For Electronic Records
- Electronic copies can be used as true copies of paper/electronic records, as long as the copies preserve the content and meaning of the original data, including metadata.
- Electronic signatures, used with appropriate controls to identify who signed the record, can be used in GMP records.
- When generated to satisfy a GMP requirement, all data becomes a GMP record and the data must be saved at the time of performance.
- e.g. , chromatograms should be sent to archiving/permanent records upon run completion, not at the end of a day’s runs; data should not be stored in temporary memory that allows manipulation before a permanent record is created.
- All GMP records, including electronic records, are subject to FDA inspection.
- In warning letters, FDA has cited companies for the use of sampling or testing with the goal of achieving a specific result or overcoming an unacceptable result. This practice of “testing into compliance” undermines data integrity.
- For companies subject to enforcement action for data integrity problems, FDA recommends hiring a third-party auditor, determining the scope of the problem, implementing a global corrective action plan, and removing any individuals responsible from GMP positions.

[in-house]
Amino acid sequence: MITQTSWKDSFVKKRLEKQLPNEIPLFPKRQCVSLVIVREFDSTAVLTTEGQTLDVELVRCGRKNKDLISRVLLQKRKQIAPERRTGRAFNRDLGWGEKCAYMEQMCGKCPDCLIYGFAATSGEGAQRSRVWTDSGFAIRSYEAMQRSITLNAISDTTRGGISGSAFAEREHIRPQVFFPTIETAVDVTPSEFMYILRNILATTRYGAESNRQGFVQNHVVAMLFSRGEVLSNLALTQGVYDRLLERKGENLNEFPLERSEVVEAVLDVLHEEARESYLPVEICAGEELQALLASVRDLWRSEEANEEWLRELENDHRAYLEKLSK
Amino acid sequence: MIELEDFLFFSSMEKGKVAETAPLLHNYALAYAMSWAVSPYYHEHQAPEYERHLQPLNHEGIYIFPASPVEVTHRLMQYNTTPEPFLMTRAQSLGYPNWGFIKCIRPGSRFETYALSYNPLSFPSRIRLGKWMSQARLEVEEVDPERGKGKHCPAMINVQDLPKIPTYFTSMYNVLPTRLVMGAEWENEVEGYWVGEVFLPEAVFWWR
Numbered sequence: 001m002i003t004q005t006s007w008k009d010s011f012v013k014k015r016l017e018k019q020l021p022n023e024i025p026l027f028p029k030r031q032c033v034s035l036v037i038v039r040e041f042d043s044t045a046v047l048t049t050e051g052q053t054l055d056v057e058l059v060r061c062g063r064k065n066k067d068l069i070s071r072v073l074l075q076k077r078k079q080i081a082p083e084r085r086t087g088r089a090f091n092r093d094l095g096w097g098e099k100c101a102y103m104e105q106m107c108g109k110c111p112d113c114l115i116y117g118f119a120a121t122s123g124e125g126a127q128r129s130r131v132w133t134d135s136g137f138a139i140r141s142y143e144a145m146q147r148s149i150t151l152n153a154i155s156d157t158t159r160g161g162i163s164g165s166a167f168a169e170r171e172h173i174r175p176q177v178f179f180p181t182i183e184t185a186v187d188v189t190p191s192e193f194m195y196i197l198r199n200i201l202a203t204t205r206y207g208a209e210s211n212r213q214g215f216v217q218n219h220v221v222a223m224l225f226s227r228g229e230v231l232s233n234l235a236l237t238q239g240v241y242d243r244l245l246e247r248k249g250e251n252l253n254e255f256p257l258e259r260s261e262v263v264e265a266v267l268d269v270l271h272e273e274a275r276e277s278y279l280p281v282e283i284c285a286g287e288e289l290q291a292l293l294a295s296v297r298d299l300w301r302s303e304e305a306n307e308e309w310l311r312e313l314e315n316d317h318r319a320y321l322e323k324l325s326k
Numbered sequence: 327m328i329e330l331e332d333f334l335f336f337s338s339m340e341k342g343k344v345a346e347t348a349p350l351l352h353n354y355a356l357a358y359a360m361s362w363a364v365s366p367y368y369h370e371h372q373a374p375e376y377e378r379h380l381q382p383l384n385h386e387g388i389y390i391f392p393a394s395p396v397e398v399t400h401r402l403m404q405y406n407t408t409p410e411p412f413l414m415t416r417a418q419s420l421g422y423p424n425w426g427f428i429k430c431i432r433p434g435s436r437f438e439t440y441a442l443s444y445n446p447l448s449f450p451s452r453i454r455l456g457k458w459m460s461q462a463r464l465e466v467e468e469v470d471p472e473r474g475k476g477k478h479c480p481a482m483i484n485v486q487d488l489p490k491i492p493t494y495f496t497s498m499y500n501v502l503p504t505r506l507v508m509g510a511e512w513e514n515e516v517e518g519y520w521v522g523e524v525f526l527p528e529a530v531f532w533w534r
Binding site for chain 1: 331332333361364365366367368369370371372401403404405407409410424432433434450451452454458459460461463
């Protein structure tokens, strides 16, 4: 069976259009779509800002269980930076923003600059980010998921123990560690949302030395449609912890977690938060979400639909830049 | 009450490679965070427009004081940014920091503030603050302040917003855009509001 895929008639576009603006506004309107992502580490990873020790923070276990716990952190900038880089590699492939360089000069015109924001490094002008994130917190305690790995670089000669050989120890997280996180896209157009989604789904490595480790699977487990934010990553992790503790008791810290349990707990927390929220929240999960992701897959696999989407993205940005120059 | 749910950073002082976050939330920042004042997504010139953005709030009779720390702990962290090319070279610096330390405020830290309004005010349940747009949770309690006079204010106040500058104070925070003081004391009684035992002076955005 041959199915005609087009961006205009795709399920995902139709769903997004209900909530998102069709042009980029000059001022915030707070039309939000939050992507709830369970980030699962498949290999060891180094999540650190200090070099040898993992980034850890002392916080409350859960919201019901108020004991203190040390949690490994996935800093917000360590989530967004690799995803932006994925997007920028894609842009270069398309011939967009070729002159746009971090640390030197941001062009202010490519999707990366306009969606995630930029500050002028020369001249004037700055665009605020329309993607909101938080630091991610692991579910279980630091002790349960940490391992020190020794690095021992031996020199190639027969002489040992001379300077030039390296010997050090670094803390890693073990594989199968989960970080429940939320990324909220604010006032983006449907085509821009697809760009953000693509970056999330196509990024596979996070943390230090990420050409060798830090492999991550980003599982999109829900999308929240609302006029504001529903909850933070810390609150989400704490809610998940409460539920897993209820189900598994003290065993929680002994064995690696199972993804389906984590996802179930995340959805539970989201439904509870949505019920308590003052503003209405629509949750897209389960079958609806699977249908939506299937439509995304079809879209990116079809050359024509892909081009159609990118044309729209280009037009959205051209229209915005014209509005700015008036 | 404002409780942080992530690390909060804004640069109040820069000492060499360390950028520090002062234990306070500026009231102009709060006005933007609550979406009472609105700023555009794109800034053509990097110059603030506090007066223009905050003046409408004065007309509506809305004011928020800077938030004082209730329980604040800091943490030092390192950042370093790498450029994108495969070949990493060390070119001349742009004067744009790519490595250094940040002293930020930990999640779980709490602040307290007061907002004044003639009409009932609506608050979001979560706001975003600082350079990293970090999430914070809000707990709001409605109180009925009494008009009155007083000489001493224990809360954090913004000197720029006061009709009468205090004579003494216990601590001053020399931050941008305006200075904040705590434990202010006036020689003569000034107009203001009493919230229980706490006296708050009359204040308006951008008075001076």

- This guidance follows increased FDA enforcement action for data integrity violations, particularly against foreign manufacturers. Consequently, companies with manufacturing sites outside the U.S. should give particular attention to facility protocols and emphasize the importance of consistent compliance to personnel.
- The draft guidance describes FDA’s concerns about data integrity problems and how compliance with GMPs may minimize non-compliance. Obtaining proactive FDA insight and expectations always benefits the industry. The guidance is also instructive from a product liability perspective. The compromise of data integrity, such as falsification or manipulation of technical information or breaches of security, can present potential safety risks to patients. Bad and corrupt data in; bad and corrupt data out. Failure to properly generate reliable data, or to track any changes to manufacturing processes, for example, may lead to questionable or unpredictable results, at a minimum, and dangerous out-of-product specifications at worst. Product subpotencies, superpotencies, instabilities, and variations may result in public health concerns and significant product liability exposure.
- Understanding the recent FDA guidance will not alone eliminate data integrity problems. At the end of the day, company personnel must properly develop and implement facility-specific programs to comply with all FDA quality-related requirements. Such programs must be tailored to the risk-profile of a particular facility and incorporate adequate controls to ensure the integrity of all data documenting an adequate GMP system. However, the draft offers useful recommendations to fine-tune the integrity of the data that serves as a principal feature of your GMP compliance. Implementation of these recommendations will maximize product quality and, in turn, minimize liability exposure.
To review the entire document and formatting for this alert (e.g., footnotes), please access the original below: